Tag Archives: Bitter

#207 – Silly Enghien Noel Tripel Blonde

#207 - Silly Enghien Noel Triple Blonde

Size: 330 ml

ABV: 9 %

The Silly brewery acquired the Enghien range of beers in 1975, when they took over the Tennstedt Decroes family brewery in the town of Enghien. The staple beer at the time was the Speciale Double Enghien, which is now more commonly known as the Double Enghien Brune. Over the years the Silly Enghien Blonde, and the Silly Enghien Noel Triple Blonde have been added to their range.

The Brasserie du Pot d’Etain as it was known was founded way back in 1880 and only just fell short of its centenary celebrations, when the Van der Haegen-Mynsbrughen family did the business deal with the local Tennstedt-Decroes family. This ensured the continuation of the Enghien beers with an already well established brewery in the locality. It seems a shame though not to dwell on some of these now defunct breweries, and so I would like to concentrate for the rest of this review on the original name of the brewery.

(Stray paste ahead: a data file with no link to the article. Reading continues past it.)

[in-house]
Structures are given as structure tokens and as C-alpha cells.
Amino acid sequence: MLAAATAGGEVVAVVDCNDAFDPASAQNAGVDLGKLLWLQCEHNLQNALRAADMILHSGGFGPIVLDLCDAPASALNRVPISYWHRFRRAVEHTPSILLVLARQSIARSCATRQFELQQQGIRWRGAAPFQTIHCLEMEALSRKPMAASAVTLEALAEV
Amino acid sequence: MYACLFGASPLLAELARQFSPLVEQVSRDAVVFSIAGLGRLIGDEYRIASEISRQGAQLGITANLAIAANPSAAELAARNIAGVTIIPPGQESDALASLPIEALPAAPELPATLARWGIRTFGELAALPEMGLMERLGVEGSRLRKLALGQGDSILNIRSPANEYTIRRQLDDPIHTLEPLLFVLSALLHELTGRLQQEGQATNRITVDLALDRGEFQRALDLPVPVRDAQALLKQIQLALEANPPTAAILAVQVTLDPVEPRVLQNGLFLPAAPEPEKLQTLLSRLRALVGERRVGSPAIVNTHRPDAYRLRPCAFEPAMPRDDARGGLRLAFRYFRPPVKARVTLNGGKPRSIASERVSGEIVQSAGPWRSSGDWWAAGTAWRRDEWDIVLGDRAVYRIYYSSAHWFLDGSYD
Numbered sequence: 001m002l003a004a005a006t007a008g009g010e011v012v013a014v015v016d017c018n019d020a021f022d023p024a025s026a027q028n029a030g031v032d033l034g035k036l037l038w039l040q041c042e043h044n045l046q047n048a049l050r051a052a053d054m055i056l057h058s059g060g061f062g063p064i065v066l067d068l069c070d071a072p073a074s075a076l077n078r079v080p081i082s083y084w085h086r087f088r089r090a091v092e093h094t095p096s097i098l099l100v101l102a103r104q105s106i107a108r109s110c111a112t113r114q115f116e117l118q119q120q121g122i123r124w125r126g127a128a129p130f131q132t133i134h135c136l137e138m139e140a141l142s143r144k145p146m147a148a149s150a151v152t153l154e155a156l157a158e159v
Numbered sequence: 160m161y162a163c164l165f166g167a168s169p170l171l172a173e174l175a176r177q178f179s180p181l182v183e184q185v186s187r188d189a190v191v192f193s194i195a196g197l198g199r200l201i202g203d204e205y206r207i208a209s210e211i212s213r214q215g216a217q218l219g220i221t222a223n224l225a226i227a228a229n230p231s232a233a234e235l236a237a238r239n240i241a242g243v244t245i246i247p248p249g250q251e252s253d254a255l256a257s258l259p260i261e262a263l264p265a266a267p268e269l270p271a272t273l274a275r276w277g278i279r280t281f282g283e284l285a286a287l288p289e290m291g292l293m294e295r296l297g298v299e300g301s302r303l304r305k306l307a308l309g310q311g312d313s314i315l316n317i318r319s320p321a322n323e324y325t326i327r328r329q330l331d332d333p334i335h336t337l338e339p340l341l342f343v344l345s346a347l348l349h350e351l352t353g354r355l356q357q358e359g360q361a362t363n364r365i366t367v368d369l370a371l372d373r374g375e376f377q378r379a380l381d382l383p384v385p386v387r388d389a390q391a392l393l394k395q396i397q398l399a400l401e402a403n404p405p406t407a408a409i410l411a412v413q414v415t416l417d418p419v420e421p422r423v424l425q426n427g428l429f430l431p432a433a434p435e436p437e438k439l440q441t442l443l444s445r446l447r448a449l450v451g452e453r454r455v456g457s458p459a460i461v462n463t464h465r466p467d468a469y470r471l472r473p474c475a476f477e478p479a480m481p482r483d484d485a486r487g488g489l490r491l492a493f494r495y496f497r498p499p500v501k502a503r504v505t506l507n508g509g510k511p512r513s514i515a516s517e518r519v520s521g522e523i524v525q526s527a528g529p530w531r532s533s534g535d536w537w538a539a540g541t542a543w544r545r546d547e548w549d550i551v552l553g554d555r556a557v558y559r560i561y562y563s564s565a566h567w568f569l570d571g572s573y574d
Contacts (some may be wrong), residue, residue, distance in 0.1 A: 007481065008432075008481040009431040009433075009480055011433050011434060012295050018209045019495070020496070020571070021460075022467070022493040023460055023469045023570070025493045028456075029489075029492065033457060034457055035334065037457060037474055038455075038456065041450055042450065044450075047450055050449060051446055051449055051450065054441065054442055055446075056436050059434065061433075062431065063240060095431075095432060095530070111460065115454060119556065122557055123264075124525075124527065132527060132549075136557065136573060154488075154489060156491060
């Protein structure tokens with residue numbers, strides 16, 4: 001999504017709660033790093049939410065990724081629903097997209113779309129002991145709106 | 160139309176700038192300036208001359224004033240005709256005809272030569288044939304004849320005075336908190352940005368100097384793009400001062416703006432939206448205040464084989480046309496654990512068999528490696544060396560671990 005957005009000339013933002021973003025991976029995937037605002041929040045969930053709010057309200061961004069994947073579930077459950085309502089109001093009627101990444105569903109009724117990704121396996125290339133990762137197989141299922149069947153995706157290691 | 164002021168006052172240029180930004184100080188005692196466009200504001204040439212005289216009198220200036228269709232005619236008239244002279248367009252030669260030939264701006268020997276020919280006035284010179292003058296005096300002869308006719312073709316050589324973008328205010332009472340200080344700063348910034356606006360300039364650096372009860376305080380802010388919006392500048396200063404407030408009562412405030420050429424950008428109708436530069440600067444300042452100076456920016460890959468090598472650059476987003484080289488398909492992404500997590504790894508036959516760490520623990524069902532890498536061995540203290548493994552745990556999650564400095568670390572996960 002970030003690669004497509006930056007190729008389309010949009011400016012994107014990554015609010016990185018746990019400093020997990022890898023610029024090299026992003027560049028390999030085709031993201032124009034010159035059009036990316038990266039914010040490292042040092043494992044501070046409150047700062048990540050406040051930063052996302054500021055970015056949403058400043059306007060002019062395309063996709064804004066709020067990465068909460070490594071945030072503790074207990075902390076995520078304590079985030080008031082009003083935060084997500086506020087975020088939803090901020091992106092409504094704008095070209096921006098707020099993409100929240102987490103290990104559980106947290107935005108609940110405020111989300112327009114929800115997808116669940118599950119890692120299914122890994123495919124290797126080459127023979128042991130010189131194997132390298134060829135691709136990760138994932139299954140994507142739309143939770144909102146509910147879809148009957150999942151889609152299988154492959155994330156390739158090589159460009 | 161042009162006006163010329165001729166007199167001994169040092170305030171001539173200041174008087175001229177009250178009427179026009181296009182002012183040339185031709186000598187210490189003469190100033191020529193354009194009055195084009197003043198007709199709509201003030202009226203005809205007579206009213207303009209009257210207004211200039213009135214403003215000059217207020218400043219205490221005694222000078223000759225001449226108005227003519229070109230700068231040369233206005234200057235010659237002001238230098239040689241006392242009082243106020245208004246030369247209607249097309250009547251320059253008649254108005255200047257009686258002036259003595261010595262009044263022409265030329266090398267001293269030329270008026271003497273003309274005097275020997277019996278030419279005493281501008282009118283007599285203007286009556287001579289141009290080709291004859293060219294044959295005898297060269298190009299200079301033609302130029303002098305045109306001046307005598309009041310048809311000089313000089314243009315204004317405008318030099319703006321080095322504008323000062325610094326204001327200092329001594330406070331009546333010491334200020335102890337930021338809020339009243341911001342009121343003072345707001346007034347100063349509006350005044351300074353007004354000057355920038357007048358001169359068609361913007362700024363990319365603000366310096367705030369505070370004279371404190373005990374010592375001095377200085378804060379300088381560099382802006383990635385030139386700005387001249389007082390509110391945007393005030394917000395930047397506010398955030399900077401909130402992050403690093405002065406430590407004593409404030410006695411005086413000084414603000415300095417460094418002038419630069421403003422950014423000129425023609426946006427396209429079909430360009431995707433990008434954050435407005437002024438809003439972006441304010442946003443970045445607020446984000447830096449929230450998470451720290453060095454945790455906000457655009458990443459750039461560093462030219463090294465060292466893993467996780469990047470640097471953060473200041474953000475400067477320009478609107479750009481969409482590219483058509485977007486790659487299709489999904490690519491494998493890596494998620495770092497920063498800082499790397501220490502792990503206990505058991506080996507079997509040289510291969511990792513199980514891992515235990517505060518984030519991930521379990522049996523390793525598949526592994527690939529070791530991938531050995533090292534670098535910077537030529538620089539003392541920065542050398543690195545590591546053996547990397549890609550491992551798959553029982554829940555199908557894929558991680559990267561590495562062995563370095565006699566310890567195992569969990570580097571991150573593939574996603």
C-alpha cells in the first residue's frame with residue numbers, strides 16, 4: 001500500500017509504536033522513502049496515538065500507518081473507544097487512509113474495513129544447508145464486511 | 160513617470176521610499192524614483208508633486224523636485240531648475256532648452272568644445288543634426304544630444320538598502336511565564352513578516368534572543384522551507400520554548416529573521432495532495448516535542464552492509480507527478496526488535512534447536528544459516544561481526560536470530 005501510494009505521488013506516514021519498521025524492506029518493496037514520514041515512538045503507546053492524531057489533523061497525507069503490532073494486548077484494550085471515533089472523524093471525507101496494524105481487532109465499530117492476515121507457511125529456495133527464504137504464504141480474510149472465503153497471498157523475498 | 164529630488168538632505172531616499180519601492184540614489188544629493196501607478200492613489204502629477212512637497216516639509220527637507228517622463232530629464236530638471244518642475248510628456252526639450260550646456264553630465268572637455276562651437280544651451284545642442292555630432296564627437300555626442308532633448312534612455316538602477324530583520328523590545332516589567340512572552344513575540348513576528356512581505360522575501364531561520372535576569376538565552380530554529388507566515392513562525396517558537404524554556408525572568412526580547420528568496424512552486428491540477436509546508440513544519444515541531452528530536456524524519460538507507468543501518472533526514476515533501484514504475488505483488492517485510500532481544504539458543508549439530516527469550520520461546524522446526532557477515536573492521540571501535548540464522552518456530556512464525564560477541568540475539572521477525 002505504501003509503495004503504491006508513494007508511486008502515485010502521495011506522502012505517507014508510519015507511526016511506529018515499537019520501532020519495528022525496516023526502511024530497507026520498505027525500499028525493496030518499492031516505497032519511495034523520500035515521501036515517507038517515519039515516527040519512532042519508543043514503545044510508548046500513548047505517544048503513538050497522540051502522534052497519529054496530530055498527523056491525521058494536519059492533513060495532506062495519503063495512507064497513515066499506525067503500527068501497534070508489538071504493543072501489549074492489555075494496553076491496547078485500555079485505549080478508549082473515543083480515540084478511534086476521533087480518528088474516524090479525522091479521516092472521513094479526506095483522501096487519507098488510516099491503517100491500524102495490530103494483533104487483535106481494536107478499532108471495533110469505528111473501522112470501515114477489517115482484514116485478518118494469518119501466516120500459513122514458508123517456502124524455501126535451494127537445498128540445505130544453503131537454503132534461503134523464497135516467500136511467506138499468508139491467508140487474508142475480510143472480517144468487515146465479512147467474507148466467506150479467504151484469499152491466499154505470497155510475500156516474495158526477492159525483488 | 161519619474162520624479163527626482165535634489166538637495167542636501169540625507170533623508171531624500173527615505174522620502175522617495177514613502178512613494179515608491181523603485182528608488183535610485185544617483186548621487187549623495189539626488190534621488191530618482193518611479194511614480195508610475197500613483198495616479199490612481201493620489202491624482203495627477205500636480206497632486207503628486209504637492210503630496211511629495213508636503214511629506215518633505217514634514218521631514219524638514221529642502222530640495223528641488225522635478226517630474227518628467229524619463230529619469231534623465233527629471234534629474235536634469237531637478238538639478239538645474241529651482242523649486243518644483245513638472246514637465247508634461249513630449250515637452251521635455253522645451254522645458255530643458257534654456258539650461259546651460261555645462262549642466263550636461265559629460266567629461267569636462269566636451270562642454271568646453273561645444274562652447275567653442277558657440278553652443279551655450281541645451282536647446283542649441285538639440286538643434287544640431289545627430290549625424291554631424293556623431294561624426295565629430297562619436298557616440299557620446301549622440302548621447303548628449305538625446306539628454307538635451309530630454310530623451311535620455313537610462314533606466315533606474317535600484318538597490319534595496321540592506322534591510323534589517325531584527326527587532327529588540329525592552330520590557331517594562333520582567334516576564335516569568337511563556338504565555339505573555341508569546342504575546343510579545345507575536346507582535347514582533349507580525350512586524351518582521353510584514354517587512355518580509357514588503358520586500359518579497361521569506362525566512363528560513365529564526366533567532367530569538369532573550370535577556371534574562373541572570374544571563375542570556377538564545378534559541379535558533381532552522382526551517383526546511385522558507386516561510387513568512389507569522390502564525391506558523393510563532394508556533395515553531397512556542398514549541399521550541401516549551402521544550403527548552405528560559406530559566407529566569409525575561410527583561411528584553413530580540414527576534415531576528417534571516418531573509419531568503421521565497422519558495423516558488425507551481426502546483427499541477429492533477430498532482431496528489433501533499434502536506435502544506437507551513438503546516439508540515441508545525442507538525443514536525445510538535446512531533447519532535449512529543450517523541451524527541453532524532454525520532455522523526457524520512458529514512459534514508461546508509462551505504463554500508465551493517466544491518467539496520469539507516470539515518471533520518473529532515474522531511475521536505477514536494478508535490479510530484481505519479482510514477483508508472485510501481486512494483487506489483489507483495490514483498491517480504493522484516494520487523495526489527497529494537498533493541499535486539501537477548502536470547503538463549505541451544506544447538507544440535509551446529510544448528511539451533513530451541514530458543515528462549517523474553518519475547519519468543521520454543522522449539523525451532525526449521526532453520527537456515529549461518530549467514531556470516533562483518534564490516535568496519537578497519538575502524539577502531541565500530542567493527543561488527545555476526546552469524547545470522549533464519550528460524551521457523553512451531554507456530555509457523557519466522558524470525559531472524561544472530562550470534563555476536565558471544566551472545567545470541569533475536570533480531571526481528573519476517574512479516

Pot d’Etain is actually a common title in France or Belgium and is often used in the names of breweries, hotels or bars. It actually translates into English as The Pewter Pot – a type of lidded drinking vessel often used in bygone days. Pewter is a metal alloy, mostly made of tin but mixed with other metals such as copper, bismuth, antimony and lead. Before the widespread manufacture of glass, most items of tableware throughout Europe in the 17th and 18th Centuries were made of pewter. Although not widely used anymore there is almost a deferential nostalgia for beer steins made of pewter and it is widely held by scientists that the pewter ensures the consistent temperature of the beer, protecting it from the warm hands of human beings. As a boy I remember my dad having a pewter beer pot sitting in the sideboard in the lounge gathering dust for a special occasion. I must ask him what he did with it.